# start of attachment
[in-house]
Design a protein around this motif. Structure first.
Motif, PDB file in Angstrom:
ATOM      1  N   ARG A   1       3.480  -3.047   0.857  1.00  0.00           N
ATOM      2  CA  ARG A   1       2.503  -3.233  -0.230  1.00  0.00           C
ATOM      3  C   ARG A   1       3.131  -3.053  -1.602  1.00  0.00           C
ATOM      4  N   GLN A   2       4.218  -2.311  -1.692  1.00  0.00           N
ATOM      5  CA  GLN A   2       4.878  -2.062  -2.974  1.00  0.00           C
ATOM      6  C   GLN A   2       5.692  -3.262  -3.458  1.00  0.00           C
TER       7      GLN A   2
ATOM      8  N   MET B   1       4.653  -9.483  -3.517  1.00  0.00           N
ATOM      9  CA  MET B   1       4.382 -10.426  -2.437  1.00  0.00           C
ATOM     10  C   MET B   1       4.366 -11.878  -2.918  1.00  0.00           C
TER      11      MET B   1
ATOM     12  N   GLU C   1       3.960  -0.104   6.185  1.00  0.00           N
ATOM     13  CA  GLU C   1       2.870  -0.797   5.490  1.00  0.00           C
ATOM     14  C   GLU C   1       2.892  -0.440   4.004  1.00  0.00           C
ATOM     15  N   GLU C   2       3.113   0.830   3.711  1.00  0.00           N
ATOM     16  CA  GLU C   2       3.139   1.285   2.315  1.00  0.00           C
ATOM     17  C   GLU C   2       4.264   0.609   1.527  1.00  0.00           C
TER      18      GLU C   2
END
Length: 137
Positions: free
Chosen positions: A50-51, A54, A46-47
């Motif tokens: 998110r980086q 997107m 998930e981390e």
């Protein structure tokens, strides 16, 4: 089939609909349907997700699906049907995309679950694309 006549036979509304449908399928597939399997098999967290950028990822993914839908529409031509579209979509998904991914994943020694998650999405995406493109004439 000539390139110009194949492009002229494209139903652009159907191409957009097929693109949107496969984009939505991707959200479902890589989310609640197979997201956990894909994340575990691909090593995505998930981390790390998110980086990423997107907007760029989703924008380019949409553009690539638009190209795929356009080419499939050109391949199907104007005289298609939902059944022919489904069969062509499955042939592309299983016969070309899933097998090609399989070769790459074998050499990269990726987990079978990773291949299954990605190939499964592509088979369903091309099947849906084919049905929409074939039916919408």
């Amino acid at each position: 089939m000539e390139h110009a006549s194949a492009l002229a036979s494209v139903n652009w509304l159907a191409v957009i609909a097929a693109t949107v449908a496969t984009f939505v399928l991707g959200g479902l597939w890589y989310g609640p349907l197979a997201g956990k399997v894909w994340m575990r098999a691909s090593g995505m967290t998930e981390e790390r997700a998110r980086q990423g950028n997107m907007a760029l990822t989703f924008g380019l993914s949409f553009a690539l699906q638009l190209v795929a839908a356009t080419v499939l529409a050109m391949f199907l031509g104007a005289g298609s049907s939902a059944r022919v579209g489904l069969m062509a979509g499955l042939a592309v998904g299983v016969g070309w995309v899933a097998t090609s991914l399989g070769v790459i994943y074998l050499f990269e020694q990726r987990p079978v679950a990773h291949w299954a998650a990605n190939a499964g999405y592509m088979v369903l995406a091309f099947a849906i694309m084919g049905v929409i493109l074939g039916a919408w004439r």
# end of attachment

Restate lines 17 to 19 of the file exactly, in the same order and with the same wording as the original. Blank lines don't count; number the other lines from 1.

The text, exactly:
ATOM     14  C   GLU C   1       2.892  -0.440   4.004  1.00  0.00           C
ATOM     15  N   GLU C   2       3.113   0.830   3.711  1.00  0.00           N
ATOM     16  CA  GLU C   2       3.139   1.285   2.315  1.00  0.00           C